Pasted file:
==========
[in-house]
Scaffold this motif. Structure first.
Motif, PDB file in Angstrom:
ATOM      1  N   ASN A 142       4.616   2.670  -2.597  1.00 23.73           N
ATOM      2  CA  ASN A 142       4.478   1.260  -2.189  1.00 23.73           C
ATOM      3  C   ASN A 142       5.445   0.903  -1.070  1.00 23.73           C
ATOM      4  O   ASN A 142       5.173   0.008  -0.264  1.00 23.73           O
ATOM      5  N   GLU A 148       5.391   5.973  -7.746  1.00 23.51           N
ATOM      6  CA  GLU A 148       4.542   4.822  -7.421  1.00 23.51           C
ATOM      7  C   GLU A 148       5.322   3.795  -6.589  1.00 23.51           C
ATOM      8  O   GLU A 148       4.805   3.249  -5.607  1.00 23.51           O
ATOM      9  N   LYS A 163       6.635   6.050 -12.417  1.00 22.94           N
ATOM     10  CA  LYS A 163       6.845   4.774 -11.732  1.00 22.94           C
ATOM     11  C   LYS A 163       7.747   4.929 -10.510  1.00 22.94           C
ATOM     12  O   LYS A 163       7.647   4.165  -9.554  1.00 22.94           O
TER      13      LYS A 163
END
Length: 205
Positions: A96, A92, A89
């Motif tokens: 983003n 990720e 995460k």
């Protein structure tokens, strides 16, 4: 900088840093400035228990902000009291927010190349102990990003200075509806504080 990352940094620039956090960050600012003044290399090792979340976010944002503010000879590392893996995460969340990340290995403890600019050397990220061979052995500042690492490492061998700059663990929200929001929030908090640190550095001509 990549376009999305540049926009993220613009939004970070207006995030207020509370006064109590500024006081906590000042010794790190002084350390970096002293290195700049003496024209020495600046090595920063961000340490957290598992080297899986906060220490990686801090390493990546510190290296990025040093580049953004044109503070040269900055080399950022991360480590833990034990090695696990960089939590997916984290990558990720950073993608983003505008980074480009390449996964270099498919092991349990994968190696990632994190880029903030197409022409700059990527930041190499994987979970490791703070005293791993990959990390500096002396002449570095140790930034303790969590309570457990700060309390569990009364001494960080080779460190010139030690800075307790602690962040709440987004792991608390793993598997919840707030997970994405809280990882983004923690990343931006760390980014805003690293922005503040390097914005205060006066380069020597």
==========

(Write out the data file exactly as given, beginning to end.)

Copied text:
[in-house]
Scaffold this motif. Structure first.
Motif, PDB file in Angstrom:
ATOM      1  N   ASN A 142       4.616   2.670  -2.597  1.00 23.73           N
ATOM      2  CA  ASN A 142       4.478   1.260  -2.189  1.00 23.73           C
ATOM      3  C   ASN A 142       5.445   0.903  -1.070  1.00 23.73           C
ATOM      4  O   ASN A 142       5.173   0.008  -0.264  1.00 23.73           O
ATOM      5  N   GLU A 148       5.391   5.973  -7.746  1.00 23.51           N
ATOM      6  CA  GLU A 148       4.542   4.822  -7.421  1.00 23.51           C
ATOM      7  C   GLU A 148       5.322   3.795  -6.589  1.00 23.51           C
ATOM      8  O   GLU A 148       4.805   3.249  -5.607  1.00 23.51           O
ATOM      9  N   LYS A 163       6.635   6.050 -12.417  1.00 22.94           N
ATOM     10  CA  LYS A 163       6.845   4.774 -11.732  1.00 22.94           C
ATOM     11  C   LYS A 163       7.747   4.929 -10.510  1.00 22.94           C
ATOM     12  O   LYS A 163       7.647   4.165  -9.554  1.00 22.94           O
TER      13      LYS A 163
END
Length: 205
Positions: A96, A92, A89
């Motif tokens: 983003n 990720e 995460k």
């Protein structure tokens, strides 16, 4: 900088840093400035228990902000009291927010190349102990990003200075509806504080 990352940094620039956090960050600012003044290399090792979340976010944002503010000879590392893996995460969340990340290995403890600019050397990220061979052995500042690492490492061998700059663990929200929001929030908090640190550095001509 990549376009999305540049926009993220613009939004970070207006995030207020509370006064109590500024006081906590000042010794790190002084350390970096002293290195700049003496024209020495600046090595920063961000340490957290598992080297899986906060220490990686801090390493990546510190290296990025040093580049953004044109503070040269900055080399950022991360480590833990034990090695696990960089939590997916984290990558990720950073993608983003505008980074480009390449996964270099498919092991349990994968190696990632994190880029903030197409022409700059990527930041190499994987979970490791703070005293791993990959990390500096002396002449570095140790930034303790969590309570457990700060309390569990009364001494960080080779460190010139030690800075307790602690962040709440987004792991608390793993598997919840707030997970994405809280990882983004923690990343931006760390980014805003690293922005503040390097914005205060006066380069020597």